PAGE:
By Peter J. Boyer in The New Yorker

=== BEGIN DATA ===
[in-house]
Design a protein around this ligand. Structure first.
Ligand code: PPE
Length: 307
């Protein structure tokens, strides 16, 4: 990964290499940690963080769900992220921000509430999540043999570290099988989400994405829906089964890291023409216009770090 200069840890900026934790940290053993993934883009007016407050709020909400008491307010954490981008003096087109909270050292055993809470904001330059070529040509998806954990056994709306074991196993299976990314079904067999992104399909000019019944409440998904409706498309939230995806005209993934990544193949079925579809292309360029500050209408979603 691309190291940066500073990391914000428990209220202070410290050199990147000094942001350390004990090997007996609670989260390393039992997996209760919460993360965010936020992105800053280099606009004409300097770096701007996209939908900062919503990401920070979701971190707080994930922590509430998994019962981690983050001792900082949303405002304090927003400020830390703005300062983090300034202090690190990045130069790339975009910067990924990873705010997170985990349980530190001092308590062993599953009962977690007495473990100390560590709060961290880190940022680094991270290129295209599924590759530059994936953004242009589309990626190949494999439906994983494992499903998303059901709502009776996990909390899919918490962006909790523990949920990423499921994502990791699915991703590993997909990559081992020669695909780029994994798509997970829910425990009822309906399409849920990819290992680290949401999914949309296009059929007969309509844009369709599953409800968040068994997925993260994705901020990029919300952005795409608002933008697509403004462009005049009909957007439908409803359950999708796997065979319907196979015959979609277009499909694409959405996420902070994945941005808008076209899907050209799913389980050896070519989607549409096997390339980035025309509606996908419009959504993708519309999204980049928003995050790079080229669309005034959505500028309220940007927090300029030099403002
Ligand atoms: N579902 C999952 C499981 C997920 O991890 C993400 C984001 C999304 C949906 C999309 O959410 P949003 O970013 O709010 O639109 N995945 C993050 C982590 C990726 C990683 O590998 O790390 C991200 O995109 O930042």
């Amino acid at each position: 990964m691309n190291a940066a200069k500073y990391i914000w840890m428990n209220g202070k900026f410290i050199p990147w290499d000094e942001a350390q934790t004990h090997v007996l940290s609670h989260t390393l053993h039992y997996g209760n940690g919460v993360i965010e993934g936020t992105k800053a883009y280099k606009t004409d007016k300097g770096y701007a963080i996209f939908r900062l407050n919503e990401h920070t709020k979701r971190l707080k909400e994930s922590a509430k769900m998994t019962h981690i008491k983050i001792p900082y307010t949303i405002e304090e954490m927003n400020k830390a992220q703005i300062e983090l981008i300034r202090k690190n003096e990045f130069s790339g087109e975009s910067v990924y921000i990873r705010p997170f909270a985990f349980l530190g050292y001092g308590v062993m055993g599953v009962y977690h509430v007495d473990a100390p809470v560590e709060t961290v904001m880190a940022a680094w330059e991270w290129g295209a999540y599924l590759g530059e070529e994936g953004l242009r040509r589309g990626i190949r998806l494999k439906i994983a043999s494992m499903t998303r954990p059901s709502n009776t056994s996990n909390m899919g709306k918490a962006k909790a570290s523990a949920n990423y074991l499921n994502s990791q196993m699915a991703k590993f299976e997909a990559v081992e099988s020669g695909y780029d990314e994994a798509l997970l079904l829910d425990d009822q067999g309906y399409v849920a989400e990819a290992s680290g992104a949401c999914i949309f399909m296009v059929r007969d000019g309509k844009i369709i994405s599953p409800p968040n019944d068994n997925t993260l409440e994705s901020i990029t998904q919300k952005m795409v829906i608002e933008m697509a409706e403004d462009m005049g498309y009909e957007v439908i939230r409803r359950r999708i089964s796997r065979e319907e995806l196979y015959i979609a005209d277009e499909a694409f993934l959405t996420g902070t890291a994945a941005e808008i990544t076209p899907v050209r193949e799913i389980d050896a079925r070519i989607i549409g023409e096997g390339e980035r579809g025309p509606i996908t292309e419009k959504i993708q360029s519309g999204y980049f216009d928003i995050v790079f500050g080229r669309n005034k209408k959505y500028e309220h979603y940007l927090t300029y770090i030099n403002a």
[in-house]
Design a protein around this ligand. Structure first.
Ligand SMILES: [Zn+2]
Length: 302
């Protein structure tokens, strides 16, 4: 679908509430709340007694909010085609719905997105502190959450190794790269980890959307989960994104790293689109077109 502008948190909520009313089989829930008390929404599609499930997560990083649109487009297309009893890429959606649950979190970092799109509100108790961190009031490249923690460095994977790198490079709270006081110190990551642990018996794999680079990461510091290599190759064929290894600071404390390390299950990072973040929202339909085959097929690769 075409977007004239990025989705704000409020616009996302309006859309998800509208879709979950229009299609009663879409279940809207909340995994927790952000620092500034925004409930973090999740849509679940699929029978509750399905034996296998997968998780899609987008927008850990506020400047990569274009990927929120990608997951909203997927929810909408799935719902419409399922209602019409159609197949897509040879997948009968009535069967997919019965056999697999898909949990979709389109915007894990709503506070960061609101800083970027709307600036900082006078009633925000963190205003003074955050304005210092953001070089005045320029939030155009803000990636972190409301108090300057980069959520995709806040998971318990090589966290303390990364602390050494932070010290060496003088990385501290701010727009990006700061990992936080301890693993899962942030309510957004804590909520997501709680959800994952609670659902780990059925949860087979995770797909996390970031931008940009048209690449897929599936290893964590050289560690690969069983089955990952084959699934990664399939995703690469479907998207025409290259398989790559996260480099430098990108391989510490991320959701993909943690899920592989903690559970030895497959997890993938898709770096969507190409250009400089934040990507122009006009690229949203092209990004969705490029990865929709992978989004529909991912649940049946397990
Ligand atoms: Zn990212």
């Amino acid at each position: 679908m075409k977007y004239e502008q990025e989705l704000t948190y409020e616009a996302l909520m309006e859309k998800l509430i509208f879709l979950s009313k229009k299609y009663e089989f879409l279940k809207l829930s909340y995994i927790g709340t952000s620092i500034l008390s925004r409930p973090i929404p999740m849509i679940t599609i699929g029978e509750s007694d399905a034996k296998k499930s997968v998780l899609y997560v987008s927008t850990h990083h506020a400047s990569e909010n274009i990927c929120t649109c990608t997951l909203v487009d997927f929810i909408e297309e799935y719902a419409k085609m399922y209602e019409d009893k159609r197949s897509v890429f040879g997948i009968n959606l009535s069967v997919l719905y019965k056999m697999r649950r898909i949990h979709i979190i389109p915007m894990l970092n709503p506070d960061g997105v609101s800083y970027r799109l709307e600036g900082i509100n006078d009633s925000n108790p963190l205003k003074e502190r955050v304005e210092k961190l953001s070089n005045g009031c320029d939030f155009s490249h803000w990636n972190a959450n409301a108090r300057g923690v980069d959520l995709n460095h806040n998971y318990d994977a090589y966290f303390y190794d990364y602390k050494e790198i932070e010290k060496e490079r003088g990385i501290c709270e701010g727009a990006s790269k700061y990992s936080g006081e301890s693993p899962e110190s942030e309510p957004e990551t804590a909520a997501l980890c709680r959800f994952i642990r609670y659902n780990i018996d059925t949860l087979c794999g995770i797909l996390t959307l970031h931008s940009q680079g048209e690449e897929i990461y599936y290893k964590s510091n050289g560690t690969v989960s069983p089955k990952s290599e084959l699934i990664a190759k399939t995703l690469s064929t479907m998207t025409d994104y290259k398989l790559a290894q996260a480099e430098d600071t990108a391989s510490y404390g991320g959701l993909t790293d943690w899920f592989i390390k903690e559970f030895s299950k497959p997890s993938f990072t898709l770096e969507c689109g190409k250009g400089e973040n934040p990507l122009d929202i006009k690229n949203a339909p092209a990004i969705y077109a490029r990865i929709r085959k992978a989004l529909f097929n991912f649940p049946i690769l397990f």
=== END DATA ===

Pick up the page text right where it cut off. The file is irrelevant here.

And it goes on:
But to many in the heartland Giuliani was heroic for what he did in New York before September 11th: his policy prescriptions and, mostly, his taming of the city’s liberal political culture—his famous crackdown on squeegee-men panhandlers, his workfare program, his attacks on controversial museum exhibits (“The idea of . . . so-called works of art in which people are throwing elephant dung at a picture of the Virgin Mary is sick!”), and the like. Speaking before the Alabama legislature this spring, he received a standing ovation, and Governor Bob Riley told him, “One of these days, you have to tell me how you really cleaned up New York.” To conservatives, pre-Giuliani New York was a study in failed liberalism, a city that had surrendered to moral and physical decay, crime, racial hucksterism, and ruinous economic pathologies. Perhaps the most common words that Giuliani heard when he travelled around the country this spring were epithets aimed at his city (“a crime-infested cesspool,” one Southern politician declared), offered without fear of giving offense. Giuliani cheerfully agreed.